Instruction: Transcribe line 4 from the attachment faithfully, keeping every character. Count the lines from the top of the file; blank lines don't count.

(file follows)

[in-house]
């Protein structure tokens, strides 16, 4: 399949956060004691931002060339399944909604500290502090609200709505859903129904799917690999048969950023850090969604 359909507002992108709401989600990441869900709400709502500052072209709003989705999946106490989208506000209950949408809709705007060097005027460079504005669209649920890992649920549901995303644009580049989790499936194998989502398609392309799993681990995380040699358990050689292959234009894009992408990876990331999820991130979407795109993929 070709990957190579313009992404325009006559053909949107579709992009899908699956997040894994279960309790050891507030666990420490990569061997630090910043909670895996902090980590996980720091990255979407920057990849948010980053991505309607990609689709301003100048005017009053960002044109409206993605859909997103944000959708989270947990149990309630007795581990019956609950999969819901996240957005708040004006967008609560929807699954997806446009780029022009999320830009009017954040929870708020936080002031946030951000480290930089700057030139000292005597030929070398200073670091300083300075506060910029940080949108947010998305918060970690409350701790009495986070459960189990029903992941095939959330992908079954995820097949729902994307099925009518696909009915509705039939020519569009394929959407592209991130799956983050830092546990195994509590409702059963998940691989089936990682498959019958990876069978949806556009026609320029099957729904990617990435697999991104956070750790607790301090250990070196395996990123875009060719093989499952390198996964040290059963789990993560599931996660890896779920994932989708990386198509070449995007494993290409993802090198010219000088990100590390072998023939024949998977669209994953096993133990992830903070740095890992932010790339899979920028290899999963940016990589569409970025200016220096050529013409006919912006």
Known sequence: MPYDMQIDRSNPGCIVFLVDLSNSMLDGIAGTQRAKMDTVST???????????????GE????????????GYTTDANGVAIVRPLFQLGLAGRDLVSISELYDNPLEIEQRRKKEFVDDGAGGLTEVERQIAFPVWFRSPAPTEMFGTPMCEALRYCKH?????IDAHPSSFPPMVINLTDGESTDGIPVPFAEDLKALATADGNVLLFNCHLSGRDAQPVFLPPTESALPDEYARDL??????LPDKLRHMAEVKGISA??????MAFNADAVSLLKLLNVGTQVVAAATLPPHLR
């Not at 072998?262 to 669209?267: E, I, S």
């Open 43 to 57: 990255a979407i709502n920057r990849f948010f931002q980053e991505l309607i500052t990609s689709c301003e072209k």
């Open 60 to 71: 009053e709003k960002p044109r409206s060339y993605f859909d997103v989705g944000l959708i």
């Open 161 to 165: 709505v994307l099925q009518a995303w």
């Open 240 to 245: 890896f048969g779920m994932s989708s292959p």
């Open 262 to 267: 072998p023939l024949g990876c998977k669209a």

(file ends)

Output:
């Not at 072998?262 to 669209?267: E, I, S």